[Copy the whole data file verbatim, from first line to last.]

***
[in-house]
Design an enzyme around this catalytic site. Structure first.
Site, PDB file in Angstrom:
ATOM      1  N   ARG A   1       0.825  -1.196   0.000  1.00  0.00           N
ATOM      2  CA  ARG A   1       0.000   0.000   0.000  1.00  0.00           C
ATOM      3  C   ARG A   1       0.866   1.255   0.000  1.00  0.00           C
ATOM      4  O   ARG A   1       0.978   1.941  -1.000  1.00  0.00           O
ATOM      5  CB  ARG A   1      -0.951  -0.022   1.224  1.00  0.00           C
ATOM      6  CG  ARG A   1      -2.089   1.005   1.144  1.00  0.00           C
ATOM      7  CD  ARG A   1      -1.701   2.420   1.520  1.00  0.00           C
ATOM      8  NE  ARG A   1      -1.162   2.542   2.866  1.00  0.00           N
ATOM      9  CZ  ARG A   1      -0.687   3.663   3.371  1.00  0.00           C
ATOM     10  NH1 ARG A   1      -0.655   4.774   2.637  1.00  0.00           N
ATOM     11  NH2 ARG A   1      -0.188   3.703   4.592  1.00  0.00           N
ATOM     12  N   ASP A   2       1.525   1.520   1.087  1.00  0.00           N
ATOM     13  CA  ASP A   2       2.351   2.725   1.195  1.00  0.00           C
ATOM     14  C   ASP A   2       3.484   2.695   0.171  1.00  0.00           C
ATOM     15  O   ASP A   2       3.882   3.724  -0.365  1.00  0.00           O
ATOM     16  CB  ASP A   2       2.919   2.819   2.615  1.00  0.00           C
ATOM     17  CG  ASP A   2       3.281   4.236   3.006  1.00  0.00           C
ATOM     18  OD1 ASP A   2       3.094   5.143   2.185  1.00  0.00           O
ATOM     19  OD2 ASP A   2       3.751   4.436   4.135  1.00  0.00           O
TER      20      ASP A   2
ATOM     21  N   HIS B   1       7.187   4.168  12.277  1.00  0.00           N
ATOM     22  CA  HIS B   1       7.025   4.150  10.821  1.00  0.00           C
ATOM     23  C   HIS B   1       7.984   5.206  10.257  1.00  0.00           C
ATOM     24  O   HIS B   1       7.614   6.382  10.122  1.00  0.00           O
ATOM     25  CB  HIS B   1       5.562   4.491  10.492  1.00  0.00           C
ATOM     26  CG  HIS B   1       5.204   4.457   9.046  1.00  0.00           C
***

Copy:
[in-house]
Design an enzyme around this catalytic site. Structure first.
Site, PDB file in Angstrom:
ATOM      1  N   ARG A   1       0.825  -1.196   0.000  1.00  0.00           N
ATOM      2  CA  ARG A   1       0.000   0.000   0.000  1.00  0.00           C
ATOM      3  C   ARG A   1       0.866   1.255   0.000  1.00  0.00           C
ATOM      4  O   ARG A   1       0.978   1.941  -1.000  1.00  0.00           O
ATOM      5  CB  ARG A   1      -0.951  -0.022   1.224  1.00  0.00           C
ATOM      6  CG  ARG A   1      -2.089   1.005   1.144  1.00  0.00           C
ATOM      7  CD  ARG A   1      -1.701   2.420   1.520  1.00  0.00           C
ATOM      8  NE  ARG A   1      -1.162   2.542   2.866  1.00  0.00           N
ATOM      9  CZ  ARG A   1      -0.687   3.663   3.371  1.00  0.00           C
ATOM     10  NH1 ARG A   1      -0.655   4.774   2.637  1.00  0.00           N
ATOM     11  NH2 ARG A   1      -0.188   3.703   4.592  1.00  0.00           N
ATOM     12  N   ASP A   2       1.525   1.520   1.087  1.00  0.00           N
ATOM     13  CA  ASP A   2       2.351   2.725   1.195  1.00  0.00           C
ATOM     14  C   ASP A   2       3.484   2.695   0.171  1.00  0.00           C
ATOM     15  O   ASP A   2       3.882   3.724  -0.365  1.00  0.00           O
ATOM     16  CB  ASP A   2       2.919   2.819   2.615  1.00  0.00           C
ATOM     17  CG  ASP A   2       3.281   4.236   3.006  1.00  0.00           C
ATOM     18  OD1 ASP A   2       3.094   5.143   2.185  1.00  0.00           O
ATOM     19  OD2 ASP A   2       3.751   4.436   4.135  1.00  0.00           O
TER      20      ASP A   2
ATOM     21  N   HIS B   1       7.187   4.168  12.277  1.00  0.00           N
ATOM     22  CA  HIS B   1       7.025   4.150  10.821  1.00  0.00           C
ATOM     23  C   HIS B   1       7.984   5.206  10.257  1.00  0.00           C
ATOM     24  O   HIS B   1       7.614   6.382  10.122  1.00  0.00           O
ATOM     25  CB  HIS B   1       5.562   4.491  10.492  1.00  0.00           C
ATOM     26  CG  HIS B   1       5.204   4.457   9.046  1.00  0.00           C